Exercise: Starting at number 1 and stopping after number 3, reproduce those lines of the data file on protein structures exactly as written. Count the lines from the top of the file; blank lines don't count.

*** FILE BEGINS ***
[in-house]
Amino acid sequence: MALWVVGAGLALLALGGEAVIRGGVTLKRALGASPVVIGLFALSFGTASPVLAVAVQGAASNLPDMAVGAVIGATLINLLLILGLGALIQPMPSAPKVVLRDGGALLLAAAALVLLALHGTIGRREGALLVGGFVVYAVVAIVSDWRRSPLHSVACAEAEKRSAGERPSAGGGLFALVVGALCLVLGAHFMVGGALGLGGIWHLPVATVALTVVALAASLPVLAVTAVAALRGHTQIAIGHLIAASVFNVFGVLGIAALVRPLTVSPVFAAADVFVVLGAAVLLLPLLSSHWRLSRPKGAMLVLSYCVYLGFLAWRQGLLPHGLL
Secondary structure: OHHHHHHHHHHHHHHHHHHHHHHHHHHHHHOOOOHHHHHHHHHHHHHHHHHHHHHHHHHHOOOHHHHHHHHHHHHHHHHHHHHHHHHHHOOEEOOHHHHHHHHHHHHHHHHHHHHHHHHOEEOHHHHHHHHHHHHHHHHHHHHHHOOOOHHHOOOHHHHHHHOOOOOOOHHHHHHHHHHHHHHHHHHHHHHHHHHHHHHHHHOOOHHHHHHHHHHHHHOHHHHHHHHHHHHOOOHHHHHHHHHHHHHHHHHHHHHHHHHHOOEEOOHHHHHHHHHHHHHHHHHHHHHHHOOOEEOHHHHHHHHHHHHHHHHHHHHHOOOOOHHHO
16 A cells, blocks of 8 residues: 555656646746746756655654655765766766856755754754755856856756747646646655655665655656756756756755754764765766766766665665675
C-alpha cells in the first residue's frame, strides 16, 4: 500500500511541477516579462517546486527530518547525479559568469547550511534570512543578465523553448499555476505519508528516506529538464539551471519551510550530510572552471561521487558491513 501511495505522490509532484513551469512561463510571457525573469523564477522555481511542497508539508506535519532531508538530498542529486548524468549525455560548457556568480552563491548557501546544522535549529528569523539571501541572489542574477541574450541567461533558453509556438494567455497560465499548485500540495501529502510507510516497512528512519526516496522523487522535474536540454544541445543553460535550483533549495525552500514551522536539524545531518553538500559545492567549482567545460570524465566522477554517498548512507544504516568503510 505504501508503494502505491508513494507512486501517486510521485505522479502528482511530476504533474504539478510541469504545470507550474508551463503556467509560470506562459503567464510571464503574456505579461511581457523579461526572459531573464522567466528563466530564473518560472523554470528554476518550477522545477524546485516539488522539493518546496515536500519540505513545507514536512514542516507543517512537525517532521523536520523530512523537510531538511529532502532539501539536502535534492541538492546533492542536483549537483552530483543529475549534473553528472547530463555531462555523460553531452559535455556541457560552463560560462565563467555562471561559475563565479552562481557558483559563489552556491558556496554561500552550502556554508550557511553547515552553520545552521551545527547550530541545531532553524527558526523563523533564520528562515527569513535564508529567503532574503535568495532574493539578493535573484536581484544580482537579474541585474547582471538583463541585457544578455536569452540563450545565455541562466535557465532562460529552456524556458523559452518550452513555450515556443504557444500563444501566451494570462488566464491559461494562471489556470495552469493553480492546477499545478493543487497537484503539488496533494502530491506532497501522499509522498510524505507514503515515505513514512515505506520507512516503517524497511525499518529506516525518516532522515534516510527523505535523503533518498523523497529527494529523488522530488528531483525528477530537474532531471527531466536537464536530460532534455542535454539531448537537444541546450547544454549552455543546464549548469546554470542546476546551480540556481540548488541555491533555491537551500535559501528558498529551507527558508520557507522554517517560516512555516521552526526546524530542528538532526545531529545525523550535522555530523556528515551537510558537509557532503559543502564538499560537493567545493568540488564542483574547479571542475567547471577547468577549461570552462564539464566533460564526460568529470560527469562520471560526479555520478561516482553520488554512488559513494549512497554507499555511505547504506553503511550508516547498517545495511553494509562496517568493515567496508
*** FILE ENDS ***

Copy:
[in-house]
Amino acid sequence: MALWVVGAGLALLALGGEAVIRGGVTLKRALGASPVVIGLFALSFGTASPVLAVAVQGAASNLPDMAVGAVIGATLINLLLILGLGALIQPMPSAPKVVLRDGGALLLAAAALVLLALHGTIGRREGALLVGGFVVYAVVAIVSDWRRSPLHSVACAEAEKRSAGERPSAGGGLFALVVGALCLVLGAHFMVGGALGLGGIWHLPVATVALTVVALAASLPVLAVTAVAALRGHTQIAIGHLIAASVFNVFGVLGIAALVRPLTVSPVFAAADVFVVLGAAVLLLPLLSSHWRLSRPKGAMLVLSYCVYLGFLAWRQGLLPHGLL
Secondary structure: OHHHHHHHHHHHHHHHHHHHHHHHHHHHHHOOOOHHHHHHHHHHHHHHHHHHHHHHHHHHOOOHHHHHHHHHHHHHHHHHHHHHHHHHHOOEEOOHHHHHHHHHHHHHHHHHHHHHHHHOEEOHHHHHHHHHHHHHHHHHHHHHHOOOOHHHOOOHHHHHHHOOOOOOOHHHHHHHHHHHHHHHHHHHHHHHHHHHHHHHHHOOOHHHHHHHHHHHHHOHHHHHHHHHHHHOOOHHHHHHHHHHHHHHHHHHHHHHHHHHOOEEOOHHHHHHHHHHHHHHHHHHHHHHHOOOEEOHHHHHHHHHHHHHHHHHHHHHOOOOOHHHO